Daniel M. Snyder peered into an incubator and prayed for the day that his little girl, who weighed just two pounds at birth, would be free of the wires and breathing tubes taped to her tiny frame.

In the summer of 1995, Snyder was a 30-year-old college dropout who had made millions in advertising and direct marketing to college students. Suddenly, he and his wife shared the challenge of caring for a daughter born three months early, a problem that neither his hard-driving work ethic nor his checkbook could fix.

"We went through a complete crisis mode: 'Would the baby be able to see? Would the baby have lung disease? Would there be bleeding in the brain?' " Snyder said, adding that during that time, he and his wife had many worries and questions. From time to time, the Snyder family turned to the staff at Children's Hospital in Washington.

Snyder's second child also arrived early, and even though both daughters -- now 5 and 3 -- came home healthy, their births sparked a desire by Snyder to donate more than $3 million to Children's Hospital for completion of a new $10 million emergency department. Last week, it was renamed the Snyder Family Emergency Medicine and Trauma Center.

Snyder, who owns the Washington Redskins, said the births gave him a "clear vision" to use part of his money to support causes for children. He also donated funds to build a new communications center for the National Center for Missing and Exploited Children in Alexandria and started a nonprofit group, the Washington Redskins Leadership Council, to work with youths.

"We started with Children's Hospital, we expanded our giving to the National Center for Missing and Exploited Children and we are getting involved in other areas," Snyder said.

Ernie Allen, president of the center for missing children, said Snyder is a member of the organization's board of directors and donated $400,000 to build the communications center.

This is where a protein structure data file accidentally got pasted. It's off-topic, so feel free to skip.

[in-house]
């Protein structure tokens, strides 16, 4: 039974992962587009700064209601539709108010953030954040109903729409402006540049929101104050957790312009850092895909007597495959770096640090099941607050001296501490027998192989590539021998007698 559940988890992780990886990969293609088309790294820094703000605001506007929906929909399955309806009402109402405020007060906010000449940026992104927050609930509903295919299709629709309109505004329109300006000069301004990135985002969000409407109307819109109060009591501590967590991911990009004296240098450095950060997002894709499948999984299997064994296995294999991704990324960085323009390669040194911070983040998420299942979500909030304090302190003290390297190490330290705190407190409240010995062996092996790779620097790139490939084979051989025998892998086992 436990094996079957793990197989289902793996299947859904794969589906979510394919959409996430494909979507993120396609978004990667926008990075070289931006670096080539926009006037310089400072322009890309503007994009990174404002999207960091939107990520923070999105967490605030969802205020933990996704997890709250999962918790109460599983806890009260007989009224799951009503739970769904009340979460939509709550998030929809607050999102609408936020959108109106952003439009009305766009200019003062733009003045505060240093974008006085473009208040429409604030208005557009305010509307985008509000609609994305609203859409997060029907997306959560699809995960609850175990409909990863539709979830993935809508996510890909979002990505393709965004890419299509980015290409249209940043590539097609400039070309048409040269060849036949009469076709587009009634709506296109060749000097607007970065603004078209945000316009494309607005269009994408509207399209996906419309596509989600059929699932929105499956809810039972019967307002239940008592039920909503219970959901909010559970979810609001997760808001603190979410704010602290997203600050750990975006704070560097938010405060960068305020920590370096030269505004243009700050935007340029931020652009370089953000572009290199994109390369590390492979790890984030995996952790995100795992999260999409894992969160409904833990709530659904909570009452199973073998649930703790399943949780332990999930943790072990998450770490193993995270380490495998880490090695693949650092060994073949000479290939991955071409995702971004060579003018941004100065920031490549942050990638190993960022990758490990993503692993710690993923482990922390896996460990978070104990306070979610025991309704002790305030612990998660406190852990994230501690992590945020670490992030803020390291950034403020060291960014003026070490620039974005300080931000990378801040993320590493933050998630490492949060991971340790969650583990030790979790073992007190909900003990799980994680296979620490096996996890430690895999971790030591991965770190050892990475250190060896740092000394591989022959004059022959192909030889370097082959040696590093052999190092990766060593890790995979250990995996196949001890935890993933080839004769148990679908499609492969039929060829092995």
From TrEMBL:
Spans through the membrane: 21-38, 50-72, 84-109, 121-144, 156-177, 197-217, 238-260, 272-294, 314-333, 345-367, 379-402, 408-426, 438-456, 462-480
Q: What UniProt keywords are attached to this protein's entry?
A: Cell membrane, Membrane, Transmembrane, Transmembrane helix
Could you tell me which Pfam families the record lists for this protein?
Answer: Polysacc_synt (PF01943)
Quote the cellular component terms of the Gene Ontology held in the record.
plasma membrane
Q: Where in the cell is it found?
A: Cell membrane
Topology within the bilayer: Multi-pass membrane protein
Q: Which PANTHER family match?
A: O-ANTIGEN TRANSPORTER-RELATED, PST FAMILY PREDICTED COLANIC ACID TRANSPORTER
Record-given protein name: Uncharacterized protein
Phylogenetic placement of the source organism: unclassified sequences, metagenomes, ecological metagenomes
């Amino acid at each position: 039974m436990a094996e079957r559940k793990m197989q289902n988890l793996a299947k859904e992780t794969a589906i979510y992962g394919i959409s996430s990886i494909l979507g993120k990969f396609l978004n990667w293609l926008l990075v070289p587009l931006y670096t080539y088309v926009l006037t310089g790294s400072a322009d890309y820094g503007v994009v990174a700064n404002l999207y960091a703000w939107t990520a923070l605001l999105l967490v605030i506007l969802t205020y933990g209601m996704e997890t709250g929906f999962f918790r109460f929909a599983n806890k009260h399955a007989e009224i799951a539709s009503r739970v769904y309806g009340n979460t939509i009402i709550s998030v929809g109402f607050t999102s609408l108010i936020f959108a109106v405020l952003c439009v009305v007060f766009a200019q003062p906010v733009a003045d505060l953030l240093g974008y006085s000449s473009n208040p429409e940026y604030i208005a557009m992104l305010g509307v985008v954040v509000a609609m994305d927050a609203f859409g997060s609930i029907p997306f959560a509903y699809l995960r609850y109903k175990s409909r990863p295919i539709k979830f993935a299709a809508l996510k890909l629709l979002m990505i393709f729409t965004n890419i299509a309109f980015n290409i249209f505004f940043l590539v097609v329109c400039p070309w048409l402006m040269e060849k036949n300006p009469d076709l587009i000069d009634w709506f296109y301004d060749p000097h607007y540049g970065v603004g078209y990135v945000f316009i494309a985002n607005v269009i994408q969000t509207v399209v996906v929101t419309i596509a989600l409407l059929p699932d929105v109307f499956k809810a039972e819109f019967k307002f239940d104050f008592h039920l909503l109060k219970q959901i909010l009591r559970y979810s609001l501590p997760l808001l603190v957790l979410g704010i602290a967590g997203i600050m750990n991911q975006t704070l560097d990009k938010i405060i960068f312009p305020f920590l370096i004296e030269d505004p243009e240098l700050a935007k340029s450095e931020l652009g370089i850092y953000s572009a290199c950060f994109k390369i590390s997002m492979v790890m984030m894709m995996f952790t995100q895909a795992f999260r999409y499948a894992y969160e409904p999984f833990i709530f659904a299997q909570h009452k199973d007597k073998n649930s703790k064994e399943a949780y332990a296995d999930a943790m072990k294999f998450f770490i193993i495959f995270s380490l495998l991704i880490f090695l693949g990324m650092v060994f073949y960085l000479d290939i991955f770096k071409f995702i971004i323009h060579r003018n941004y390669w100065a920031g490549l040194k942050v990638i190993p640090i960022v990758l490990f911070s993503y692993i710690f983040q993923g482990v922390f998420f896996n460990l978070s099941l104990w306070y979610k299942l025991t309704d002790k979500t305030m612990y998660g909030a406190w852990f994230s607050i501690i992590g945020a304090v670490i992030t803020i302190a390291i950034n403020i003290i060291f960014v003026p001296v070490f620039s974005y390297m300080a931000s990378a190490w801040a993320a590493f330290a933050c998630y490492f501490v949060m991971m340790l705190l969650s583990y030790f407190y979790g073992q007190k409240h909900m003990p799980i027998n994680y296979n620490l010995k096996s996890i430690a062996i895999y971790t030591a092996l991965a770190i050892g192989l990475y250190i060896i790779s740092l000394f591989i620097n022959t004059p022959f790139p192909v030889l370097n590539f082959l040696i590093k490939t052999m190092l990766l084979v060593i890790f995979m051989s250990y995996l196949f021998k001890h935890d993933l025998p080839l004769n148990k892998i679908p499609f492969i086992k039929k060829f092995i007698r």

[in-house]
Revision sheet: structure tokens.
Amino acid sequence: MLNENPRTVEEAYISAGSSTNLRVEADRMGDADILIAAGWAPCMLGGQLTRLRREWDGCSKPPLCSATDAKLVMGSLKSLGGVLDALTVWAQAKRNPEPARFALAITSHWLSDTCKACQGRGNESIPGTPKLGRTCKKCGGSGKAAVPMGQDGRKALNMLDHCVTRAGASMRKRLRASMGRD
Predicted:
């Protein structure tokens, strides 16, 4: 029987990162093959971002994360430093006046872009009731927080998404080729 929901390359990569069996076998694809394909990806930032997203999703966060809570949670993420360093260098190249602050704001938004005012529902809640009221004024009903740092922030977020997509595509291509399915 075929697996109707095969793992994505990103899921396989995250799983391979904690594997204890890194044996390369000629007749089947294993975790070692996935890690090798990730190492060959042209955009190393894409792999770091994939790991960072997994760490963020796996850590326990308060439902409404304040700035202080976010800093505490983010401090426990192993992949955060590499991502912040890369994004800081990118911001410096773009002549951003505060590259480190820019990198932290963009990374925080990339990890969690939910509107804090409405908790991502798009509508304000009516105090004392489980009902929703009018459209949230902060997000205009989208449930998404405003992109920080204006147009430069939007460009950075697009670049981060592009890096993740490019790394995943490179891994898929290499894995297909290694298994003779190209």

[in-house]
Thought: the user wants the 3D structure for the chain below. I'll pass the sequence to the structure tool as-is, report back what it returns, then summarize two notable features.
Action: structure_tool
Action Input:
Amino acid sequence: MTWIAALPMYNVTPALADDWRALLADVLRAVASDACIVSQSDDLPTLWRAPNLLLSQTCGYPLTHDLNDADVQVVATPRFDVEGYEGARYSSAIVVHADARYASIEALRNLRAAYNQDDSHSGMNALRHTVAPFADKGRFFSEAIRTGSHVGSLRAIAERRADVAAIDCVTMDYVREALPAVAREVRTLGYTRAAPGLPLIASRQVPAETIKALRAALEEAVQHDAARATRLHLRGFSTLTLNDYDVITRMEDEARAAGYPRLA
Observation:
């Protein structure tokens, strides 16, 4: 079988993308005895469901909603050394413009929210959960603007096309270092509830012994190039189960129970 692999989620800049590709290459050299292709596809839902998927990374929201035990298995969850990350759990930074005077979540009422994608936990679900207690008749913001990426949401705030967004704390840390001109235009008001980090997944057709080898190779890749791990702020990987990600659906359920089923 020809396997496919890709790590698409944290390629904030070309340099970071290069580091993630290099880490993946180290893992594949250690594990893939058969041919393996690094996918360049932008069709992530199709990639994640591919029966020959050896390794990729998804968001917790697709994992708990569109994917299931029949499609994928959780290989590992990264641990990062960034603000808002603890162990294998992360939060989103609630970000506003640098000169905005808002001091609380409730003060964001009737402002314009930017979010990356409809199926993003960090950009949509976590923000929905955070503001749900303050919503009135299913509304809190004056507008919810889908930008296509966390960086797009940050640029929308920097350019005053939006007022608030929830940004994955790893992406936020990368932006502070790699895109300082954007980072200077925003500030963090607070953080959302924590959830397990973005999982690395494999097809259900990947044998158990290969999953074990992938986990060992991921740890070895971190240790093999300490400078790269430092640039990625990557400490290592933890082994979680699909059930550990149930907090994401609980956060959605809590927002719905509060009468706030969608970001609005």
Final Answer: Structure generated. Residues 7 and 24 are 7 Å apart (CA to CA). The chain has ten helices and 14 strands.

Snyder made some of his early millions through advertising displays posted on college campuses. Allen said Snyder allowed pictures of missing children to be printed on some of his advertising posters, which have been displayed in Wal-Marts and malls across the country.

Children's Hospital President Ned Zechman also was grateful to Snyder for his contributions.

"Our old emergency room was built 27 years ago for about 20,000 patients, and we are averaging 40- to 50,000 patients a year," Zechman said. "It just wasn't a nice facility. It was way overused. The gifts enabled us in these tight managed-care times to build the facility."

The other major donors to the emergency department were the Saudi Arabian government and Albert Misler, the late Washington lawyer, and his wife, Helen. Members of the Saudi royal family have used the hospital, and Helen Misler said at the emergency center's dedication that it is dear to her family.

To head his Washington Redskins Leadership Council, Snyder recruited Alex Hahn, a former executive of Arnold Communications in Boston.

Hahn said one of the council's programs offers grants of as much as $10,000 to youths who submit proposals and implement community-service projects. The program is for ages 5 to 18. For more information, call 703-478-8900, Ext. 293, or visit www.redskins.com.

In addition, the council has a literacy program called Redskins Read, coordinated through libraries in the District, Maryland and Virginia. Players read to youths and encourage them to read. Snyder has purchased a bookmobile that will travel through several communities this summer.

In a program called 4th and Life, Redskin players met in December at FedEx Field with 500 seniors from high schools across the area. The players talked about what it takes to succeed on and off the field.

Redskins cornerback Darrell Green said efforts that the team is making in the community are long overdue. "We are running from behind," Green said. "I wish this organization would have done this 18 years ago. Trying to have an impact in the community on this magnitude is a step up."

Snyder talked passionately about wanting to bring more to the area than a Super Bowl championship.

"We are working very hard to make the community understand that we want to be involved," Snyder said. "We want the community to feel good not only for our winning football, but for our efforts that we make on a community basis."

Redskins owner Daniel M. Snyder, right, talks with defensive back Darrell Green at the Children's Hospital facility that Snyder helped to make possible.